There is a surprising connection between frontotemporal dementia (FTD) and amyotrophic lateral sclerosis (ALS), two disorders of the nervous system, and the genetic mutation normally understood to cause Huntington’s disease, a study led by researchers at the National Institutes of Health has discovered1. The finding potentially creates a new pathway for diagnosing and treating some individuals with FTD or ALS.
Several neurological disorders have been linked to “repeat expansions,” a kind of mutation that results in abnormal repetition of certain DNA building blocks. For example, Huntington’s disease occurs when a sequence of three DNA building blocks that make up the gene for a protein called huntingtin repeats many more times than normal.
These repeats can be used to predict whether someone will develop the illness and even when their symptoms are likely to appear, because the more repeats in the gene, the earlier the onset of disease.
It has been recognized for some time that repeat expansion mutations can give rise to neurological disorders. But screening for these mutations throughout the entire genome has traditionally been cost-prohibitive and technically challenging,
said Sonja Scholz, M.D., Ph.D., NINDS Intramural Research Program investigator.
Taking advantage of technology available at NIH, the researchers screened the entire genomes from large cohorts of FTD/ALS patients and compared them to those of age-matched healthy individuals. While several patients had a well-established genetic marker for FTD/ALS, a small subset surprisingly had the same huntingtin mutation normally associated with Huntington’s disease.
Remarkably, these individuals did not show the classical symptoms of Huntington’s but rather those of ALS or FTD.
None of these patients' symptoms would have clued their physicians into thinking that the underlying genetic cause was related to the repeat expansion we see in Huntington’s disease,
said Dr. Scholz.
Whole Genome Sequencing
Scholz explained that whole genome sequencing is changing how neurological patients can be diagnosed. Traditionally, this has been based on which disease best fit the overall symptoms with treatment aimed at managing those symptoms as best as possible.
Now, clinicians can generate genetically defined diagnoses for individual patients, and these do not always align with established symptom-based neurological conditions.
Our patients simply don’t match a textbook definition of disease when it comes to which mutation produces which symptoms. Here we have patients carrying a pathogenic huntingtin mutation but who present with FTD or ALS symptoms,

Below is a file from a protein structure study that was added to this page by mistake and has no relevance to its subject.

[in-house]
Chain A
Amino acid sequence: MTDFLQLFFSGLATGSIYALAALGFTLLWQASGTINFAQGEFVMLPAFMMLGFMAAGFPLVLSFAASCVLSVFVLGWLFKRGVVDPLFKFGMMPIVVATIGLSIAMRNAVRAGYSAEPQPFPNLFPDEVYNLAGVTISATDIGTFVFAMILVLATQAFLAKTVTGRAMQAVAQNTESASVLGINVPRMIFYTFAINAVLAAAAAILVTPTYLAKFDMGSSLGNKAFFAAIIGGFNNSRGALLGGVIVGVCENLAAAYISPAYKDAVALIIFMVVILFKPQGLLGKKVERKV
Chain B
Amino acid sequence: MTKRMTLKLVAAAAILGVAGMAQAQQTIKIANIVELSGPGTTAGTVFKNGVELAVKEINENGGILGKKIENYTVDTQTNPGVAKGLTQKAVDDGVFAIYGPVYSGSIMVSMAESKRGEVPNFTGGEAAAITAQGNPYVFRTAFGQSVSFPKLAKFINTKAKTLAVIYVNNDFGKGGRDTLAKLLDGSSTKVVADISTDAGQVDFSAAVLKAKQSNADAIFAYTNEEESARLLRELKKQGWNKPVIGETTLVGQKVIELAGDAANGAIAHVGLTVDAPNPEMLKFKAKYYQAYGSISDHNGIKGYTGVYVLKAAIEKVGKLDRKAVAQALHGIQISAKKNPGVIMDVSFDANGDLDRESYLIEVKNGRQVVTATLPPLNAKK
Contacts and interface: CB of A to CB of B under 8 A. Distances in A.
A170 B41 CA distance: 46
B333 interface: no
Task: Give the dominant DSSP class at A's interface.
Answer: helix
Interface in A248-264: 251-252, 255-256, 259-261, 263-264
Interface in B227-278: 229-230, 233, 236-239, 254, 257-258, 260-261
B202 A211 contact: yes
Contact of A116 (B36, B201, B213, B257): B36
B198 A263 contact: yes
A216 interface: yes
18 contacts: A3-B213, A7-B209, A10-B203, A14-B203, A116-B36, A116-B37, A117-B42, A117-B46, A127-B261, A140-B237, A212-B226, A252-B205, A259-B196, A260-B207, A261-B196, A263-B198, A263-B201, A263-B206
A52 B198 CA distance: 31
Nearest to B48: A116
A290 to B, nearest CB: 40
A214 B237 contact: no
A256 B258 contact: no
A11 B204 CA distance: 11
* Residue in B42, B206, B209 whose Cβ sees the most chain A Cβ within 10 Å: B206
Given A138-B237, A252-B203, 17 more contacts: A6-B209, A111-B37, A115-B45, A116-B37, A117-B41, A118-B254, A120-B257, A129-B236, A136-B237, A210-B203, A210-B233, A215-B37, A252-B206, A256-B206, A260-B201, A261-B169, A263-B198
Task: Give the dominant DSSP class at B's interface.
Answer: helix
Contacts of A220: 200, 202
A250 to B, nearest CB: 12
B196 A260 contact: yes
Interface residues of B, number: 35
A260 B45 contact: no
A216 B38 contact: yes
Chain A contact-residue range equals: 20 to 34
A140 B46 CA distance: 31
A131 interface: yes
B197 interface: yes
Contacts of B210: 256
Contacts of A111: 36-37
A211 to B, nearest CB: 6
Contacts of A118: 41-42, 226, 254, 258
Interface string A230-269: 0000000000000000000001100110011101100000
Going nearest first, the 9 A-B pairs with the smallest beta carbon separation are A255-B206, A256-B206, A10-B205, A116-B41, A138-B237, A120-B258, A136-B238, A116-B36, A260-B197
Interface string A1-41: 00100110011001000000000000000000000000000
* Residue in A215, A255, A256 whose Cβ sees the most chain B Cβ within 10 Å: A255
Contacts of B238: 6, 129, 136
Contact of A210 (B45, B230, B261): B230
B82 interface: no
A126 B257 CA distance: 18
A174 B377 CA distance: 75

said Dr. Scholz.
Offering Real Hope
One implication of these findings is that, if successful, these therapies could be applied to the small subset of FTD and ALS patients with that mutation as well. The researchers note that, while the number of FTD/ALS patients seen with the Huntington’s-linked mutation is small (roughly 0.12-0.14%), adding genetic screening for the mutation to the standard diagnostic procedure for patients showing symptoms of FTD or ALS should be considered.
Because gene therapy targeting this mutation is already in advanced clinical trials, our work offers real hope to the small number of FTD and ALS patients who carry this mutation. This type of large-scale international effort showcases the power of genomics in identifying the molecular causes of neurodegenerative diseases and paves the way for personalized medicine,
said senior investigator Bryan Traynor, M.D., Ph.D.
Ramita Dewan, Ruth Chia, Jinhui Ding, Richard A. Hickman, Thor D. Stein, Yevgeniya Abramzon, Sarah Ahmed, Marya S. Sabir, Makayla K. Portley, Arianna Tucci, Kristina Ibáñez, F.N.U. Shankaracharya, Pamela Keagle, Giacomina Rossi, Paola Caroppo, Fabrizio Tagliavini, Maria L. Waldo, Per M. Johansson, Christer F. Nilsson, James B. Rowe, Luisa Benussi, Giuliano Binetti, Roberta Ghidoni, Edwin Jabbari, Coralie Viollet, Jonathan D. Glass, Andrew B. Singleton, Vincenzo Silani, Owen A. Ross, Mina Ryten, Ali Torkamani, Toshiko Tanaka, Luigi Ferrucci, Susan M. Resnick, Stuart Pickering-Brown, Christopher B. Brady, Neil Kowal, John A. Hardy, Vivianna Van Deerlin, Jean Paul Vonsattel, Matthew B. Harms, Huw R. Morris, Raffaele Ferrari, John E. Landers, Adriano Chiò, J. Raphael Gibbs, Clifton L. Dalgard, Sonja W. Scholz, Bryan J. Traynor. Pathogenic Huntingtin Repeat Expansions in Patients with Frontotemporal Dementia and Amyotrophic Lateral Sclerosis. Neuron, 2020; DOI: 10.1016/j.neuron.2020.11.005 ↩︎